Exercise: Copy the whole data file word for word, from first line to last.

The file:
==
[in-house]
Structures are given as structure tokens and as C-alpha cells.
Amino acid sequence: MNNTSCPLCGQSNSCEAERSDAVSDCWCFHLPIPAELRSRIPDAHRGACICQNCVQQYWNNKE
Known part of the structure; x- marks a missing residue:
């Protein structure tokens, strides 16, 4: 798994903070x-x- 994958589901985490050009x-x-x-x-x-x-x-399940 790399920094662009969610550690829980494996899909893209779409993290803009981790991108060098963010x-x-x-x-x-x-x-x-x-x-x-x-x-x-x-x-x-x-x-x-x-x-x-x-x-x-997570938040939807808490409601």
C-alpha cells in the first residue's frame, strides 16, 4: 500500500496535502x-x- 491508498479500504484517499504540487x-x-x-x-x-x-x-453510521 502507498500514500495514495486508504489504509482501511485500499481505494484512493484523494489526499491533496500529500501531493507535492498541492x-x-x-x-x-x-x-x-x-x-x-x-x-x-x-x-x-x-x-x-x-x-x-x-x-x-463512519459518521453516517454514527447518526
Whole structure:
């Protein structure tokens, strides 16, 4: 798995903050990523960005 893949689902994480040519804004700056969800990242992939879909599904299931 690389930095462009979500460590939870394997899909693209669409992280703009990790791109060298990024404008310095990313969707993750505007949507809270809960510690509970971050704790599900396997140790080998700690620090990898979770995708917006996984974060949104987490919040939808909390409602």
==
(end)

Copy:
[in-house]
Structures are given as structure tokens and as C-alpha cells.
Amino acid sequence: MNNTSCPLCGQSNSCEAERSDAVSDCWCFHLPIPAELRSRIPDAHRGACICQNCVQQYWNNKE
Known part of the structure; x- marks a missing residue:
């Protein structure tokens, strides 16, 4: 798994903070x-x- 994958589901985490050009x-x-x-x-x-x-x-399940 790399920094662009969610550690829980494996899909893209779409993290803009981790991108060098963010x-x-x-x-x-x-x-x-x-x-x-x-x-x-x-x-x-x-x-x-x-x-x-x-x-x-997570938040939807808490409601």
C-alpha cells in the first residue's frame, strides 16, 4: 500500500496535502x-x- 491508498479500504484517499504540487x-x-x-x-x-x-x-453510521 502507498500514500495514495486508504489504509482501511485500499481505494484512493484523494489526499491533496500529500501531493507535492498541492x-x-x-x-x-x-x-x-x-x-x-x-x-x-x-x-x-x-x-x-x-x-x-x-x-x-463512519459518521453516517454514527447518526
Whole structure:
């Protein structure tokens, strides 16, 4: 798995903050990523960005 893949689902994480040519804004700056969800990242992939879909599904299931 690389930095462009979500460590939870394997899909693209669409992280703009990790791109060298990024404008310095990313969707993750505007949507809270809960510690509970971050704790599900396997140790080998700690620090990898979770995708917006996984974060949104987490919040939808909390409602």